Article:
December 07, 2000, 12:50 PM —
Amadeus Global Travel Distribution S.A. said last week that it will increase its
per-ticket reservation charge to airlines by 6.9% next year.
The news follows a separate announcement by rival computer reservation
system (CRS) Galileo International Inc. that it will increase its average booking fee
Both companies called their services cost-effective and said the increases are being
used to build next generation, Internet-based booking systems, but analysts said the
increased prices indicate the companies are still doing too much business as usual.
"They've just increased the hatred the airlines have for them six to seven percent,"
said Henry Harteveldt, an analyst at Forrester Research Inc. in Cambridge, Mass.
Harteveldt praised a move by Atlanta-based Worldspan L.P., which
target=NEW>reduced its CRS fees on trips booked through corporate online systems
including those of GetThere Inc., e-Travel Inc. and Worldspan's Trip Manager system.
Harteveldt said Worldspan's initiative shows it's taking the savings offered by new
technology and passing them along to the company's customers.
The four CRS giants -- Rosemont, Ill.-based Galileo; Madrid-based Amadeus; Worldspan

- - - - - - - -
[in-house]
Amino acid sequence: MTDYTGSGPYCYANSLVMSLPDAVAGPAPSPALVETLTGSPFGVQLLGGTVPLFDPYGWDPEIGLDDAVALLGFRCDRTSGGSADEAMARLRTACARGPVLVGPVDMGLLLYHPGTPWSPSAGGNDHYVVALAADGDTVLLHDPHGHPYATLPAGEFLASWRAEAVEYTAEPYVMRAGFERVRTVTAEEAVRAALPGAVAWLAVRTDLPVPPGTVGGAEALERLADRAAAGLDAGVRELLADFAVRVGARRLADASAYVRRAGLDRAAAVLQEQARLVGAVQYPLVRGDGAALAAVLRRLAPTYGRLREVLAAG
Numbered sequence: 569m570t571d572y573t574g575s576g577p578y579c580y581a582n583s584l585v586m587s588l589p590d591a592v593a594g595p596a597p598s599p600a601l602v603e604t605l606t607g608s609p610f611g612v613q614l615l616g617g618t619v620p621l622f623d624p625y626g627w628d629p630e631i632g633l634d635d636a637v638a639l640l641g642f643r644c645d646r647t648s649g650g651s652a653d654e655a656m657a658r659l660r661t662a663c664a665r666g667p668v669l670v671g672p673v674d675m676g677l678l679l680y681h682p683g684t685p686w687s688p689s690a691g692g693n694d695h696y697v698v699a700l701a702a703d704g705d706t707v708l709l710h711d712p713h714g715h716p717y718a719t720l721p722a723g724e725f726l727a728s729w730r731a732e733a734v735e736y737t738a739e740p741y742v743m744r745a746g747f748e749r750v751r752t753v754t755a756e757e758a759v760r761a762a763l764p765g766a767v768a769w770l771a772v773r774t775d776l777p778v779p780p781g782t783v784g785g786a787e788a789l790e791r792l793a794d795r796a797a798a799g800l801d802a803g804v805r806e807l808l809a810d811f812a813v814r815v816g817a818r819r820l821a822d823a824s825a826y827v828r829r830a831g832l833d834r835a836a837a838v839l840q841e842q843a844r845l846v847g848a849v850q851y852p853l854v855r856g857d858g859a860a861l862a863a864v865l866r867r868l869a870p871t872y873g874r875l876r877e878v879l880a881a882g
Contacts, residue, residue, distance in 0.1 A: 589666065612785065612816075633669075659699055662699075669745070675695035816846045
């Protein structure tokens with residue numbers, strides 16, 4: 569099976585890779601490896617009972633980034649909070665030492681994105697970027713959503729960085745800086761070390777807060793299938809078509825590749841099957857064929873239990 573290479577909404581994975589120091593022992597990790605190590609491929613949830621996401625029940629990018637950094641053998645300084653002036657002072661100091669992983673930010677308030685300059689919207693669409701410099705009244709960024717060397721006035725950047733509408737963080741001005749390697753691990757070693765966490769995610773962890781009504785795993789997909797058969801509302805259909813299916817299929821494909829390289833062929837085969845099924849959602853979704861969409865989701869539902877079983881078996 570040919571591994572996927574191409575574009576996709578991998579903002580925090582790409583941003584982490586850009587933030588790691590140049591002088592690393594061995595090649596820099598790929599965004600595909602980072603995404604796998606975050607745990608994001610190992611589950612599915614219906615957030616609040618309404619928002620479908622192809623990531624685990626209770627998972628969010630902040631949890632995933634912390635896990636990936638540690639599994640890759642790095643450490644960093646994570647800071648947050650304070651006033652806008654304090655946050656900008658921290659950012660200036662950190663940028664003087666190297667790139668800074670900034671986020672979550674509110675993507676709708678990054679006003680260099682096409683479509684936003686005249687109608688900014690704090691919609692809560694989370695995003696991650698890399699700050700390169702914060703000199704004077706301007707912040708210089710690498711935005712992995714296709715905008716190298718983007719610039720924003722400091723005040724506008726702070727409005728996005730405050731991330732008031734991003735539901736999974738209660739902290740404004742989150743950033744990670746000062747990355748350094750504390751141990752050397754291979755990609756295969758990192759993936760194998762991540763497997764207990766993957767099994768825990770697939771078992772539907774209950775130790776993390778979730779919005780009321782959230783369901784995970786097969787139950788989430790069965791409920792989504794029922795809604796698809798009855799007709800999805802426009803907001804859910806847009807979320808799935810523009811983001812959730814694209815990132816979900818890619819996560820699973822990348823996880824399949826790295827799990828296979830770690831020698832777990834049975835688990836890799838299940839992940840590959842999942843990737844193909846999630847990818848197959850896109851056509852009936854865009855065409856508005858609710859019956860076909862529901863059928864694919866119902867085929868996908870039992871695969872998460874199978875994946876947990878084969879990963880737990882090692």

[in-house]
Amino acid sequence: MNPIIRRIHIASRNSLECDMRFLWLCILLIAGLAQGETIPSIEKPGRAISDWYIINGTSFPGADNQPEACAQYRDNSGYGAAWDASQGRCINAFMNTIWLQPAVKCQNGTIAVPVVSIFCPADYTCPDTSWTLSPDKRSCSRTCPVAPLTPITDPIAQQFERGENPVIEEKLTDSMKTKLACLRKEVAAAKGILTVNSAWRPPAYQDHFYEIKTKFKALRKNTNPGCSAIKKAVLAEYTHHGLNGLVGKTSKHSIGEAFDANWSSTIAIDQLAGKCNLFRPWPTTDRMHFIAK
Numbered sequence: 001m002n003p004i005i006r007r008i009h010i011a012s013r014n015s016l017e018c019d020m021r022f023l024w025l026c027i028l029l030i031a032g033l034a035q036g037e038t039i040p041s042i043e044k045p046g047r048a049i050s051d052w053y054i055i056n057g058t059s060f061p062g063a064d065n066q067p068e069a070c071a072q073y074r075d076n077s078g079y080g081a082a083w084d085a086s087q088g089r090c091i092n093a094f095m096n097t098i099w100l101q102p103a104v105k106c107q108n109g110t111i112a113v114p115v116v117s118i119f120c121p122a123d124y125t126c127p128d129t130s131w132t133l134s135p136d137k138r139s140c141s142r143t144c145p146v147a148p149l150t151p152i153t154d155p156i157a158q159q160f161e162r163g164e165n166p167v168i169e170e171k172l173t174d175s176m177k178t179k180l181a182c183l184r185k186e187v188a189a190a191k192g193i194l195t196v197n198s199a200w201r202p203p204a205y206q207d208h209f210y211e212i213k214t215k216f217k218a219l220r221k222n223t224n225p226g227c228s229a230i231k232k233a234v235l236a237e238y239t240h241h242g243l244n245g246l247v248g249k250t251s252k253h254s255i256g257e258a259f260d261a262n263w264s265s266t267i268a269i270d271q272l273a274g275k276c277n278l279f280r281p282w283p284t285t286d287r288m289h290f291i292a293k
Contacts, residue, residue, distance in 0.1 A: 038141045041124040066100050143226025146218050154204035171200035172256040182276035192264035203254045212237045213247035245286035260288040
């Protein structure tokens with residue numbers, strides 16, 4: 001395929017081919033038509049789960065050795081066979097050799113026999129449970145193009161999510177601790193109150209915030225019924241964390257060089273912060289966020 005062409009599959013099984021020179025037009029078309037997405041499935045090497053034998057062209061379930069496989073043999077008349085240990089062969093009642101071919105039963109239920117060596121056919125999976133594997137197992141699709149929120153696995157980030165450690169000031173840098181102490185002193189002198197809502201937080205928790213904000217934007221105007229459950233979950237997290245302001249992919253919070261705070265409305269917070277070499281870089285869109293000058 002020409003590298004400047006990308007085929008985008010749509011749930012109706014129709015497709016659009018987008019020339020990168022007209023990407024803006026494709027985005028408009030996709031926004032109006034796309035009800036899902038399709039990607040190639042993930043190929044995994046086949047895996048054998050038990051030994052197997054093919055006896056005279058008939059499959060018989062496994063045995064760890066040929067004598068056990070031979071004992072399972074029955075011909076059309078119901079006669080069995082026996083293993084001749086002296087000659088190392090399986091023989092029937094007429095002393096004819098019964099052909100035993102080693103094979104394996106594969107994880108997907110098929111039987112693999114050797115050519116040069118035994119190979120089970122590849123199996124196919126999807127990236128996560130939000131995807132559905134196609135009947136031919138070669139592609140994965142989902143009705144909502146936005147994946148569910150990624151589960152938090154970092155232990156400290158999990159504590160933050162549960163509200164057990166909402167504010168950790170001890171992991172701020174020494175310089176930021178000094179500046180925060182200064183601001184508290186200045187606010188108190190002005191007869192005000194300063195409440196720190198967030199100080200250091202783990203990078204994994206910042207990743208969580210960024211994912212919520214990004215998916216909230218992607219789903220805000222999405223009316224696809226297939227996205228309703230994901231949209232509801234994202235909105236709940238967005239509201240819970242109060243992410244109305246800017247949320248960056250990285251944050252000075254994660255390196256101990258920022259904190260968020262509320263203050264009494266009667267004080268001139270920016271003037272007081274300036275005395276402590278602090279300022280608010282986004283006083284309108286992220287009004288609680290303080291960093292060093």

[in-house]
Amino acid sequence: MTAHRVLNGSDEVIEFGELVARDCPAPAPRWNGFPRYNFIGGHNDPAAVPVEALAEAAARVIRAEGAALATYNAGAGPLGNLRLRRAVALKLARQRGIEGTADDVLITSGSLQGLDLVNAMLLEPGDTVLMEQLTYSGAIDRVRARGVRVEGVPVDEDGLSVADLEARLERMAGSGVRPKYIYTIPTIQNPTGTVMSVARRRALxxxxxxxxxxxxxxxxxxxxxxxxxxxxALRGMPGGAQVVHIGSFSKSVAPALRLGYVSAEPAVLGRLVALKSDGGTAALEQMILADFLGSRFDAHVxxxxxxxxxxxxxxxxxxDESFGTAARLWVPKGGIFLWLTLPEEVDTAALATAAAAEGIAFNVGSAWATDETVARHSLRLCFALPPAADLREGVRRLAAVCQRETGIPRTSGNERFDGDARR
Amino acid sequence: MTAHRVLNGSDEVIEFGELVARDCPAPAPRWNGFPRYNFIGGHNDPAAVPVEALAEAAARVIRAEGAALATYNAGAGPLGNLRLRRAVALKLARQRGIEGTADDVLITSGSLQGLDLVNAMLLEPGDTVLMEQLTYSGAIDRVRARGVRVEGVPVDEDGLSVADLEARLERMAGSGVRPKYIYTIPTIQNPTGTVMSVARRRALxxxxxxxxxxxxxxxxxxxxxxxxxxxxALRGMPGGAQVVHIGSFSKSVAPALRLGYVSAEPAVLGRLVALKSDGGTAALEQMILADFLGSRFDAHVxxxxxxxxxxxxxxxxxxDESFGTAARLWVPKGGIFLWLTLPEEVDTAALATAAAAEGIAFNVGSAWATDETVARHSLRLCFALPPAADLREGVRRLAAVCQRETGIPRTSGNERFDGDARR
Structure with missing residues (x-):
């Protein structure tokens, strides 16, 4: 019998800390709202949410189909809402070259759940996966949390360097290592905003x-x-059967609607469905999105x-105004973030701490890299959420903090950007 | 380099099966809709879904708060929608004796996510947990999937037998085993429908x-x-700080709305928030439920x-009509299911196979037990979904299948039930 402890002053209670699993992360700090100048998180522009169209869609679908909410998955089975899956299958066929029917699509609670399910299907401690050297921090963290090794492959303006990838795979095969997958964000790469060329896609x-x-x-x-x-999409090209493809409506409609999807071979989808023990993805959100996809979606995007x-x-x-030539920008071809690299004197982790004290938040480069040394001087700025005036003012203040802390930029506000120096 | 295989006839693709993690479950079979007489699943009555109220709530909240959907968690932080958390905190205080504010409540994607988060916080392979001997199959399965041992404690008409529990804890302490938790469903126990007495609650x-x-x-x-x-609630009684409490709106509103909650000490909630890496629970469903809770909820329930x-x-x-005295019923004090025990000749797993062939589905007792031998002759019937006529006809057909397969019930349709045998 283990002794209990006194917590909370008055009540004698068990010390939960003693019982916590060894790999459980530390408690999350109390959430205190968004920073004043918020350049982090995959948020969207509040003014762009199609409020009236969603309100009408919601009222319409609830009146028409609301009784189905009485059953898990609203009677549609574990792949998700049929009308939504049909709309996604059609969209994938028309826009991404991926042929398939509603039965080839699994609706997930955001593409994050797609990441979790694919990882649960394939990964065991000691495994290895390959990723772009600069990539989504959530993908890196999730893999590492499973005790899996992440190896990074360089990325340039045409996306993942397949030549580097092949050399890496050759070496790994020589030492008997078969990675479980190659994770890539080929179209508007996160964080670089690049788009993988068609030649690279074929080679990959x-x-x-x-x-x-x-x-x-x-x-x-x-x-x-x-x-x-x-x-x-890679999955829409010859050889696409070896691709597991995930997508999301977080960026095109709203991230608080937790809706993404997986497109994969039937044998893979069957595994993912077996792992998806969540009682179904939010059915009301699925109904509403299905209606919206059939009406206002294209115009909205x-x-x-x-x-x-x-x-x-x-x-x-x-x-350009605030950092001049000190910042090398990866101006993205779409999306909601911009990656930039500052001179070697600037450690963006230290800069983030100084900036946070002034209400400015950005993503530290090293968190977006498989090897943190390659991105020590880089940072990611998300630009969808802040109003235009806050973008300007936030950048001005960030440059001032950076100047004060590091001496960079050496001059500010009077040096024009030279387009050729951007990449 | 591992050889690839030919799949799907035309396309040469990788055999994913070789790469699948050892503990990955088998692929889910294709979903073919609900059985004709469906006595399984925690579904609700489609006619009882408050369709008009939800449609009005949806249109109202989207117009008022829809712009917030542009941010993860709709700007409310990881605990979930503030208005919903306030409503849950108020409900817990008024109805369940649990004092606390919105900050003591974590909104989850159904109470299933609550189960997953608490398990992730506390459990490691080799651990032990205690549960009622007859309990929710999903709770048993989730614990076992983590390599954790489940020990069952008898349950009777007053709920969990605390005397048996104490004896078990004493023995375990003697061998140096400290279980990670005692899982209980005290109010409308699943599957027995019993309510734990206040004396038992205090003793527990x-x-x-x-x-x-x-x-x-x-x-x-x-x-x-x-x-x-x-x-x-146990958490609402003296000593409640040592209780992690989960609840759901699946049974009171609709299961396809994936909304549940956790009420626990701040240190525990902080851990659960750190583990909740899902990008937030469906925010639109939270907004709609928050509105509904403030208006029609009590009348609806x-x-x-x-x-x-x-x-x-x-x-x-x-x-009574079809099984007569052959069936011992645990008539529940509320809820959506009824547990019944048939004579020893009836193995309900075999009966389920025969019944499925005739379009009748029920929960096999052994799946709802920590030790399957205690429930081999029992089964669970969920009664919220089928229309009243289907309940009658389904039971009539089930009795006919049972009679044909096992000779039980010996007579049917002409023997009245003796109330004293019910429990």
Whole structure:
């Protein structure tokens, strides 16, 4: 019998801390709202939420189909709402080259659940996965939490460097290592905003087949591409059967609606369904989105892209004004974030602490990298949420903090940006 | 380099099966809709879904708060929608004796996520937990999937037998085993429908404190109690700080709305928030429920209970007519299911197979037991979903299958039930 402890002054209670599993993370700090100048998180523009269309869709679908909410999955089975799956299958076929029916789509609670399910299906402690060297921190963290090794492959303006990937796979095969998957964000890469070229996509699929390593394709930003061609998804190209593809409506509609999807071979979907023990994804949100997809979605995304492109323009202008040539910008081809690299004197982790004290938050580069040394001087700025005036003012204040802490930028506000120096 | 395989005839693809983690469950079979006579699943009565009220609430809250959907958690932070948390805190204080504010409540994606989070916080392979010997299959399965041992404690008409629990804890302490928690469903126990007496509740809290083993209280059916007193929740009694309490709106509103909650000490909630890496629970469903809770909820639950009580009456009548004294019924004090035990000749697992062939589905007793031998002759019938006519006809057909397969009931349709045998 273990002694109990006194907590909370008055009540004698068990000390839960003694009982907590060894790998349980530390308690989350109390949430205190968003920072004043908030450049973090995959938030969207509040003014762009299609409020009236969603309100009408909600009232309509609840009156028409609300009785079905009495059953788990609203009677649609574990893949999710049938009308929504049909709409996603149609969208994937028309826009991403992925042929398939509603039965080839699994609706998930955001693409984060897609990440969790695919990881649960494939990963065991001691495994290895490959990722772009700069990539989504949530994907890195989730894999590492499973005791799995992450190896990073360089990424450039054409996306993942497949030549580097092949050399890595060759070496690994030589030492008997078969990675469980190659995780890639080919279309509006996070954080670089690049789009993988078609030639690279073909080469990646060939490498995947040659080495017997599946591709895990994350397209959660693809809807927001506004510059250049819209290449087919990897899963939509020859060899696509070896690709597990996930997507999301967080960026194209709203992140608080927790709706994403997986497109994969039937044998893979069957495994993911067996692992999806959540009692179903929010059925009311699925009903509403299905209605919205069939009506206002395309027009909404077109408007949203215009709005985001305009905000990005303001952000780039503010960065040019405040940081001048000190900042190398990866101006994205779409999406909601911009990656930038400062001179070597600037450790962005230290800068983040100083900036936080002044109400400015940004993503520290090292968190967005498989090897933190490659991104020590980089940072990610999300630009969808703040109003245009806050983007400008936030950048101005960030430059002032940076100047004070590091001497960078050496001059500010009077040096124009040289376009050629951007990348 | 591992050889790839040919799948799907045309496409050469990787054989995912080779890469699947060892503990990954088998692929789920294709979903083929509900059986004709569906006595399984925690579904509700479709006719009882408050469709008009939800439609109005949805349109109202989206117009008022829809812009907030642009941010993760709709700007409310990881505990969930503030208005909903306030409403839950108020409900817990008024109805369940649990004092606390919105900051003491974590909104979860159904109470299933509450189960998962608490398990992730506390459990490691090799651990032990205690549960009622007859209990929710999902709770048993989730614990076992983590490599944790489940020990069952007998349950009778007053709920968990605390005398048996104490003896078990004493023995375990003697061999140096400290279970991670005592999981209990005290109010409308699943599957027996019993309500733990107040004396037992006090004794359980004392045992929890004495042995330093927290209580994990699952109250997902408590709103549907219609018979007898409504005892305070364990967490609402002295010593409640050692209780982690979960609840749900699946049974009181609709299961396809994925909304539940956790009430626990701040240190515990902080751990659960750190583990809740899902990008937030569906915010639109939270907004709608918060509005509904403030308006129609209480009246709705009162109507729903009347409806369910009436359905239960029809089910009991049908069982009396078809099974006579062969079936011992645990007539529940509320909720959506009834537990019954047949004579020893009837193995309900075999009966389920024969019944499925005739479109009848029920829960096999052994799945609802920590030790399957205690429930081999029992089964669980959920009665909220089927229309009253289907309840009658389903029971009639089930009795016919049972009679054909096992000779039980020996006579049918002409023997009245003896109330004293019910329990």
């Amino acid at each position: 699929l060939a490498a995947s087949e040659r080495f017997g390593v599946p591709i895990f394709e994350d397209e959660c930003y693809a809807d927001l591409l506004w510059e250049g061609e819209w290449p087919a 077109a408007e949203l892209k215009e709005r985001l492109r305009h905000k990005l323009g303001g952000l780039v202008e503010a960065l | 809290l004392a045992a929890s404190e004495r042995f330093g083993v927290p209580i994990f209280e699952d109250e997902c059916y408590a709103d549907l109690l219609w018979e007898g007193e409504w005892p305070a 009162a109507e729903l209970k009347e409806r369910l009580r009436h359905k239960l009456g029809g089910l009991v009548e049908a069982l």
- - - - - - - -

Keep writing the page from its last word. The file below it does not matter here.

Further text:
and Fort Worth, Texas-based Sabre Inc. -- built their businesses by controlling the
connectivity between travel agencies and travel suppliers.
Harteveldt said direct-link corporate booking tools like those offered by GetThere
could easily be spun off to include travel agencies, thus eroding the base of the CRS
"If they don't blow it up and reinvent themselves, they're destined for the history
books," Harteveldt said.
Krista Pappas, travel industry advisor at Gomez Inc. in Lincoln, Mass., agreed,
saying it's incumbent on the reservations giant to show significant changes in the next
"It's fair game for anyone out there to be an intermediary," she said.
PhoCusWright Inc. in Sherman, Conn. released a study in October that praised the
initiative of the CRS companies to evolve from pure reservation-based tech suppliers to
companies that dabble in every area of travel technology. PhoCusWright analyst Lorraine
Sileo noted that those companies are becoming increasingly less dependent on booking
Amadeus and Sabre have made major strides in supplying airline and airport IT
infrastructure during the past year. Many now host or provide inventory for consumer
travel Web sites.
And all of the companies are building new Internet-based reservations systems for
their traditional travel-agency customers.